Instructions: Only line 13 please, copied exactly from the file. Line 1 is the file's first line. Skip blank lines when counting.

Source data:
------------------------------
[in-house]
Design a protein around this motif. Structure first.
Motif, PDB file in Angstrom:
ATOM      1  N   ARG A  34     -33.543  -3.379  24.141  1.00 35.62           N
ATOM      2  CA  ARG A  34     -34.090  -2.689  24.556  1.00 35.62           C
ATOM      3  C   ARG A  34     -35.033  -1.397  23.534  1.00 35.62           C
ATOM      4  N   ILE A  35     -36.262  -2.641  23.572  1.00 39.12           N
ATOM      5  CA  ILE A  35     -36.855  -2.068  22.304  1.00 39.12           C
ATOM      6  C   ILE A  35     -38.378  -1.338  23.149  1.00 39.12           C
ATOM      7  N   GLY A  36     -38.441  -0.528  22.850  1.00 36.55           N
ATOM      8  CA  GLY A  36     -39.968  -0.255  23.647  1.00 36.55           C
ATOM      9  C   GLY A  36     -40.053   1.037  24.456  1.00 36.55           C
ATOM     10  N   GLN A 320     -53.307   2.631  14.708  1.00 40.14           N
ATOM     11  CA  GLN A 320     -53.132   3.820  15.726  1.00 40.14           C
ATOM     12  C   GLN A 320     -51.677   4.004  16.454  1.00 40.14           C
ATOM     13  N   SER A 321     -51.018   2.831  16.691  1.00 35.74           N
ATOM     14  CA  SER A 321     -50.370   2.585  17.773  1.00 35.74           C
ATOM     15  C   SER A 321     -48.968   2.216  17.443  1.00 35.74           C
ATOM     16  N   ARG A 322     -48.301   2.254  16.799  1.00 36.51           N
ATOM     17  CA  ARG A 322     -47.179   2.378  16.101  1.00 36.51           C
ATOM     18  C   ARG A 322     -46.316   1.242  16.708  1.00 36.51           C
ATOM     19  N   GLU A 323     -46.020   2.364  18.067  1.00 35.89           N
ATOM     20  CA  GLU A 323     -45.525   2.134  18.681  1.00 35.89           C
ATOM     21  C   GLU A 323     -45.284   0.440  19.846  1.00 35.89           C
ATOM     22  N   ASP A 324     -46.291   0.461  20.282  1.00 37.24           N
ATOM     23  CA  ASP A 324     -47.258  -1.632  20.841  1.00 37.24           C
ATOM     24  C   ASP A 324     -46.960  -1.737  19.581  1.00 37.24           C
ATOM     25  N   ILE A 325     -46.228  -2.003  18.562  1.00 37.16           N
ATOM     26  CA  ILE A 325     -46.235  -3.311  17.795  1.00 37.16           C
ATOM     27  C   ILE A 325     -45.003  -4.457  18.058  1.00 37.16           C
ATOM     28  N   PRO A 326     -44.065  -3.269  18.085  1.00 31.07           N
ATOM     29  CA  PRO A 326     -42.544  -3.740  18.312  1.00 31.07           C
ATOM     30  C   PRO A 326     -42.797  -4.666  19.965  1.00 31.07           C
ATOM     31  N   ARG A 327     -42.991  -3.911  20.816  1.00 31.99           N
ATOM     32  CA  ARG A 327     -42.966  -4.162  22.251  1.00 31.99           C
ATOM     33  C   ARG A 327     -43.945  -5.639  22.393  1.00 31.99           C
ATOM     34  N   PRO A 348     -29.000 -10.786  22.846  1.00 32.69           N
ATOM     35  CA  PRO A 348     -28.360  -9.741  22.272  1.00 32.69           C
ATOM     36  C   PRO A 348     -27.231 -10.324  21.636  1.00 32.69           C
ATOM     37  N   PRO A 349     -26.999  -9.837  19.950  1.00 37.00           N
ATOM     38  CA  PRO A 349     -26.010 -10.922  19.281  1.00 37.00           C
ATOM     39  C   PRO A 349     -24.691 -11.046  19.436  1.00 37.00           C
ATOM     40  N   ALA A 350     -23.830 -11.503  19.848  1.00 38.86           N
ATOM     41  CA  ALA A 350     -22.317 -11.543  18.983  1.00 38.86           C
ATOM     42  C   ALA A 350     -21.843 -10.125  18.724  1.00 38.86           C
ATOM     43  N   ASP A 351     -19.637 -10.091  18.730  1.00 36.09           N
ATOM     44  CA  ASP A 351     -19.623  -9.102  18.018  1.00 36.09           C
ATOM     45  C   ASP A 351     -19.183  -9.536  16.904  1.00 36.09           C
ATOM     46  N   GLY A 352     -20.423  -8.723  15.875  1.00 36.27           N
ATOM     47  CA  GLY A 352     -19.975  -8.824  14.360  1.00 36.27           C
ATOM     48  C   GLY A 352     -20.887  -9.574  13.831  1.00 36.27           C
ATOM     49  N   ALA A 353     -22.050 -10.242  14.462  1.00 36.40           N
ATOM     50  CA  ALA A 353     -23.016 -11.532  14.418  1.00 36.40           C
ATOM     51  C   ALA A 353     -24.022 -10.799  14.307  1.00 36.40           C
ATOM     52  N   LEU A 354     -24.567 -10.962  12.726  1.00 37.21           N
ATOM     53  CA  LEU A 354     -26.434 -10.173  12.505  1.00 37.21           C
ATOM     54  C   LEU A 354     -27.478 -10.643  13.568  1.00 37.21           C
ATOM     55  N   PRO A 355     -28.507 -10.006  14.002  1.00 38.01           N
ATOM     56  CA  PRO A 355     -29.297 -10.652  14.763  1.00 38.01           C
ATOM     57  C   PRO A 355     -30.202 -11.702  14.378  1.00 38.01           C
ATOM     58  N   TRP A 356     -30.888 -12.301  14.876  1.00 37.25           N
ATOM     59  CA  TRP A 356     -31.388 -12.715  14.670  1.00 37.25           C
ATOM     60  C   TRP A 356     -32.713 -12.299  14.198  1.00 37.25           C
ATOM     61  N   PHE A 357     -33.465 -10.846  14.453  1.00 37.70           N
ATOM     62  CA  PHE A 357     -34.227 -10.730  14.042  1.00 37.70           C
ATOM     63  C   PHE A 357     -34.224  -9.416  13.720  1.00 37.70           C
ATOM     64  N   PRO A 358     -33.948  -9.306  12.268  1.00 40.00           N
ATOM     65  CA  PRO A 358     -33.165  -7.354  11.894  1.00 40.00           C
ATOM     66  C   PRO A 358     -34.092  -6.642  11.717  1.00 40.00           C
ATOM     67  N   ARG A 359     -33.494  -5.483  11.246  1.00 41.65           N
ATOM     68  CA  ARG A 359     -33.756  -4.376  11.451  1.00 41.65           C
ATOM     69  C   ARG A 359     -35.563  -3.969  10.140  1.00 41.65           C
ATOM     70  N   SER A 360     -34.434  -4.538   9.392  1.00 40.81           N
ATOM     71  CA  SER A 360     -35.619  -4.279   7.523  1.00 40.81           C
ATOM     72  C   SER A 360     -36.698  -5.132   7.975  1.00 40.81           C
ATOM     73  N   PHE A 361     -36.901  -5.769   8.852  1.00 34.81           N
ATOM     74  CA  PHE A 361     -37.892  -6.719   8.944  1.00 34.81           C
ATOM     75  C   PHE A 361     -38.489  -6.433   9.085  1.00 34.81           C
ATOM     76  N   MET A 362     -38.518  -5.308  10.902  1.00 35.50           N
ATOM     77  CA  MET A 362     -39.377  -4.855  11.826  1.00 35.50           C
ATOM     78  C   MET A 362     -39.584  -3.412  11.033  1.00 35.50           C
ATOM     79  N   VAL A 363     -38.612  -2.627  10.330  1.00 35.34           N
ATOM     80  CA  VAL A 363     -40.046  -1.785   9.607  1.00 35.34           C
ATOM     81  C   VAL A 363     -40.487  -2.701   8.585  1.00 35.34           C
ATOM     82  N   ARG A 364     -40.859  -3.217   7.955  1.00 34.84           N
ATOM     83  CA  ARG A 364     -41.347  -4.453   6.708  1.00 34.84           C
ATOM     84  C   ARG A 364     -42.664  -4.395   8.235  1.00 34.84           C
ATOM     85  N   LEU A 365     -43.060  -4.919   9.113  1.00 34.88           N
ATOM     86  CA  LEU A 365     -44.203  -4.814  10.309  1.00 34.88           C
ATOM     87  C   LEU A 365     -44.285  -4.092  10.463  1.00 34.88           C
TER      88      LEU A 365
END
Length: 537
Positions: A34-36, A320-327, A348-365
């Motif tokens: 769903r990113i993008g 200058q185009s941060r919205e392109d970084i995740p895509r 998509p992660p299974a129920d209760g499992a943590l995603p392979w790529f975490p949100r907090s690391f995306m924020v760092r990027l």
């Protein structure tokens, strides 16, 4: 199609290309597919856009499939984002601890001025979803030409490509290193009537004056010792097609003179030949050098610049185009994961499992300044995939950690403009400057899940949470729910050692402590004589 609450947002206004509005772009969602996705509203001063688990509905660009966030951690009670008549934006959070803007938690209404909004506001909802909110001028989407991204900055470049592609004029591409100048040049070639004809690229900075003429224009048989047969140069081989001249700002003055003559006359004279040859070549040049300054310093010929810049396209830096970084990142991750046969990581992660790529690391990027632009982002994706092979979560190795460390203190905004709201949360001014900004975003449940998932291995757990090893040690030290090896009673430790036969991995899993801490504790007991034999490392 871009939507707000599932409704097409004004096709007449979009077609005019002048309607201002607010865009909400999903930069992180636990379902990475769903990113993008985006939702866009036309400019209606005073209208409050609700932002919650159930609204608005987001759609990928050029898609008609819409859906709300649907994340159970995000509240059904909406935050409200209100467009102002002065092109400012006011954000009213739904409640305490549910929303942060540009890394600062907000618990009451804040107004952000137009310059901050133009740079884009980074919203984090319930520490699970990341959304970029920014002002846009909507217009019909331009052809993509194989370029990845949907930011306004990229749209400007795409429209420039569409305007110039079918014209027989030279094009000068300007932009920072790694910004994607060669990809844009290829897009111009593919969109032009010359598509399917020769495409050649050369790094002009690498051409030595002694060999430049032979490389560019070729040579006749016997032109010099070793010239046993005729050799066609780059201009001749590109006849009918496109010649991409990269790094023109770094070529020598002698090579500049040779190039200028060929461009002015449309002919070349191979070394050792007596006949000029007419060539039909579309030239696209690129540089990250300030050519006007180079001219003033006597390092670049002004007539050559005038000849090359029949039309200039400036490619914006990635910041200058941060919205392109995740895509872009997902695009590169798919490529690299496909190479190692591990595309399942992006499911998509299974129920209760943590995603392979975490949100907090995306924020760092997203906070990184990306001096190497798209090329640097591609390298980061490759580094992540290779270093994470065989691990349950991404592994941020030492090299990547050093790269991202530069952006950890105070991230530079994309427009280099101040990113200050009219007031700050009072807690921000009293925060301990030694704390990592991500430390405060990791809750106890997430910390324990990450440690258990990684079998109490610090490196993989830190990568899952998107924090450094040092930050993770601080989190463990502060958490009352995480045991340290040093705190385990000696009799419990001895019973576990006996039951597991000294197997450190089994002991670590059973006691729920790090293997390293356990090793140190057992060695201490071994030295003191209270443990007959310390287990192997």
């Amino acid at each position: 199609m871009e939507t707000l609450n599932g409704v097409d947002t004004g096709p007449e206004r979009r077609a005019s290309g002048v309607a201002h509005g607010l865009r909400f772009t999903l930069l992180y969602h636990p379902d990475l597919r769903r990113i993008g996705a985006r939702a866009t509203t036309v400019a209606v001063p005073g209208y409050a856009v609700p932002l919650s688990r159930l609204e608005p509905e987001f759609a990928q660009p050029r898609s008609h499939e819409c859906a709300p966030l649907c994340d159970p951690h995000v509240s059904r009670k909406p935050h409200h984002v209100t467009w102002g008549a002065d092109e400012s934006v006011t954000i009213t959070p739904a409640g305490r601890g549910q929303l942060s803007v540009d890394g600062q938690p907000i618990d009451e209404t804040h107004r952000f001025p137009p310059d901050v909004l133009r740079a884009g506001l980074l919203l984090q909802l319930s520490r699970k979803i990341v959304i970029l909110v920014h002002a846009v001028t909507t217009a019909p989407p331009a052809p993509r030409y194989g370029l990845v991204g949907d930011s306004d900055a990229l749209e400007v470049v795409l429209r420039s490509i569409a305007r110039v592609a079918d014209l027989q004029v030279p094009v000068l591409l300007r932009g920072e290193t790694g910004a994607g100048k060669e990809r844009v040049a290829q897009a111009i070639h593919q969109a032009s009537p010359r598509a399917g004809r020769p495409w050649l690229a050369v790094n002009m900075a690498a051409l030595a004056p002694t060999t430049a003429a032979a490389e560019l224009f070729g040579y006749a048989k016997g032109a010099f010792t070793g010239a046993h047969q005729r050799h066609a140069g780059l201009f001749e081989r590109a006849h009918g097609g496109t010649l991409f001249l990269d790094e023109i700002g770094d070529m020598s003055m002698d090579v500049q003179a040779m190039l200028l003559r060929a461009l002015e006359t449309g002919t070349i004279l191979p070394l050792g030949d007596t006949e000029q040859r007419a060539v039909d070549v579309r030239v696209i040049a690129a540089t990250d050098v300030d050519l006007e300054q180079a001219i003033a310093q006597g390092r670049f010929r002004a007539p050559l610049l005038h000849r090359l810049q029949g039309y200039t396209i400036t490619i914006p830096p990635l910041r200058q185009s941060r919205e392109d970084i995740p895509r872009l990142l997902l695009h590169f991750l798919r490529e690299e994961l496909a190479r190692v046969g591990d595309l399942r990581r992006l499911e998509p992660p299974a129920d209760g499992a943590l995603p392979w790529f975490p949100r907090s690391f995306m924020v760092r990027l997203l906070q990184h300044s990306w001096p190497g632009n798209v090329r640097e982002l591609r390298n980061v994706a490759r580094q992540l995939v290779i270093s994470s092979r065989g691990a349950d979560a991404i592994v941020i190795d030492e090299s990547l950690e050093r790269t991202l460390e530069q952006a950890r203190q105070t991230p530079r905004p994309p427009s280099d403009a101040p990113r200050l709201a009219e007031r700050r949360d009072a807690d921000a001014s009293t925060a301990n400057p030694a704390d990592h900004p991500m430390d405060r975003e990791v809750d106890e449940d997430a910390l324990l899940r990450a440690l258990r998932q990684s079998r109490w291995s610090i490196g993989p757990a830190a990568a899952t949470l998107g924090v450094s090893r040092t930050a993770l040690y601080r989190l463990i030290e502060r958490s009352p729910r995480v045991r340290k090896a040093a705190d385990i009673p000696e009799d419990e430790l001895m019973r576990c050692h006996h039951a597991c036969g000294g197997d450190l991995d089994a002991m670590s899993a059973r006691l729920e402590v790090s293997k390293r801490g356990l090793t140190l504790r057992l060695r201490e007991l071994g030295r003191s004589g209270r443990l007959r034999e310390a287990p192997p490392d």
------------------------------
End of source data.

ATOM     10  N   GLN A 320     -53.307   2.631  14.708  1.00 40.14           N